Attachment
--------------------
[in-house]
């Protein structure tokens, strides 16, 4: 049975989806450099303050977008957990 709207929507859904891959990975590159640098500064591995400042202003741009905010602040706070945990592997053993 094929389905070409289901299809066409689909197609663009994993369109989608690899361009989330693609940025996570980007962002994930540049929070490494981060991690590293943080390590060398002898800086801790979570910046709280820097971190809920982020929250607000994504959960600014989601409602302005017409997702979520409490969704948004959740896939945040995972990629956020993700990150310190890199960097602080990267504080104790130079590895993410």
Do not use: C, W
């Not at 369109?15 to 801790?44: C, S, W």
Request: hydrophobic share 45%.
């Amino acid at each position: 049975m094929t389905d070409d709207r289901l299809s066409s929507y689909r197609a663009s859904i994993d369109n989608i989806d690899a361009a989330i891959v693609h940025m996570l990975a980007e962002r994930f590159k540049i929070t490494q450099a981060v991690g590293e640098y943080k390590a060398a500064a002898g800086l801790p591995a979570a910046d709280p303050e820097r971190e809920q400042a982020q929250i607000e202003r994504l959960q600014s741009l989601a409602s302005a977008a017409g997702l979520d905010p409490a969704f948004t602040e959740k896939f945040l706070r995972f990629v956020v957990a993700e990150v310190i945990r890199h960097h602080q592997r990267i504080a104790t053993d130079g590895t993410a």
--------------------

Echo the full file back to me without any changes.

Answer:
[in-house]
């Protein structure tokens, strides 16, 4: 049975989806450099303050977008957990 709207929507859904891959990975590159640098500064591995400042202003741009905010602040706070945990592997053993 094929389905070409289901299809066409689909197609663009994993369109989608690899361009989330693609940025996570980007962002994930540049929070490494981060991690590293943080390590060398002898800086801790979570910046709280820097971190809920982020929250607000994504959960600014989601409602302005017409997702979520409490969704948004959740896939945040995972990629956020993700990150310190890199960097602080990267504080104790130079590895993410």
Do not use: C, W
């Not at 369109?15 to 801790?44: C, S, W």
Request: hydrophobic share 45%.
């Amino acid at each position: 049975m094929t389905d070409d709207r289901l299809s066409s929507y689909r197609a663009s859904i994993d369109n989608i989806d690899a361009a989330i891959v693609h940025m996570l990975a980007e962002r994930f590159k540049i929070t490494q450099a981060v991690g590293e640098y943080k390590a060398a500064a002898g800086l801790p591995a979570a910046d709280p303050e820097r971190e809920q400042a982020q929250i607000e202003r994504l959960q600014s741009l989601a409602s302005a977008a017409g997702l979520d905010p409490a969704f948004t602040e959740k896939f945040l706070r995972f990629v956020v957990a993700e990150v310190i945990r890199h960097h602080q592997r990267i504080a104790t053993d130079g590895t993410a």